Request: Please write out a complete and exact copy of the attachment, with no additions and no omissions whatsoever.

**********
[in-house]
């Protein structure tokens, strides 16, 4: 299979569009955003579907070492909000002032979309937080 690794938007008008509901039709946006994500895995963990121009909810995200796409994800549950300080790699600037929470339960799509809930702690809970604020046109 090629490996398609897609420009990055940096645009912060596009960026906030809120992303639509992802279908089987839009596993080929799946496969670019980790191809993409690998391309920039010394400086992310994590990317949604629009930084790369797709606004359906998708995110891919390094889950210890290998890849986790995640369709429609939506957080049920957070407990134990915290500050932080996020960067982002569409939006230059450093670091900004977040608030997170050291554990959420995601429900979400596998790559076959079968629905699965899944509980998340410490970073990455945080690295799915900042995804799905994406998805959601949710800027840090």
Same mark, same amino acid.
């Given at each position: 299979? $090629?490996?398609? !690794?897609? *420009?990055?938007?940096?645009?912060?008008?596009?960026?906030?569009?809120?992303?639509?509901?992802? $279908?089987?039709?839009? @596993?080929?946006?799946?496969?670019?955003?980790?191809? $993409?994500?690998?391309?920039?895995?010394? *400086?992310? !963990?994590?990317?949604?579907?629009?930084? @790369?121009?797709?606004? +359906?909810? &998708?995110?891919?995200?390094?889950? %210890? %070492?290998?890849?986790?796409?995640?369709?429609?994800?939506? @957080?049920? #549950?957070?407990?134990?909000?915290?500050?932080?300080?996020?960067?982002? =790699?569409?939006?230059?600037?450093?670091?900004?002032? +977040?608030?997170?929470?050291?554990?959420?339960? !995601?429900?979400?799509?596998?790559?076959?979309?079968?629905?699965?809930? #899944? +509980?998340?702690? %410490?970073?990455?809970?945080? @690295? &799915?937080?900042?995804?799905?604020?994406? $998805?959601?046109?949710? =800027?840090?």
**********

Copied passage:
[in-house]
């Protein structure tokens, strides 16, 4: 299979569009955003579907070492909000002032979309937080 690794938007008008509901039709946006994500895995963990121009909810995200796409994800549950300080790699600037929470339960799509809930702690809970604020046109 090629490996398609897609420009990055940096645009912060596009960026906030809120992303639509992802279908089987839009596993080929799946496969670019980790191809993409690998391309920039010394400086992310994590990317949604629009930084790369797709606004359906998708995110891919390094889950210890290998890849986790995640369709429609939506957080049920957070407990134990915290500050932080996020960067982002569409939006230059450093670091900004977040608030997170050291554990959420995601429900979400596998790559076959079968629905699965899944509980998340410490970073990455945080690295799915900042995804799905994406998805959601949710800027840090």
Same mark, same amino acid.
């Given at each position: 299979? $090629?490996?398609? !690794?897609? *420009?990055?938007?940096?645009?912060?008008?596009?960026?906030?569009?809120?992303?639509?509901?992802? $279908?089987?039709?839009? @596993?080929?946006?799946?496969?670019?955003?980790?191809? $993409?994500?690998?391309?920039?895995?010394? *400086?992310? !963990?994590?990317?949604?579907?629009?930084? @790369?121009?797709?606004? +359906?909810? &998708?995110?891919?995200?390094?889950? %210890? %070492?290998?890849?986790?796409?995640?369709?429609?994800?939506? @957080?049920? #549950?957070?407990?134990?909000?915290?500050?932080?300080?996020?960067?982002? =790699?569409?939006?230059?600037?450093?670091?900004?002032? +977040?608030?997170?929470?050291?554990?959420?339960? !995601?429900?979400?799509?596998?790559?076959?979309?079968?629905?699965?809930? #899944? +509980?998340?702690? %410490?970073?990455?809970?945080? @690295? &799915?937080?900042?995804?799905?604020?994406? $998805?959601?046109?949710? =800027?840090?």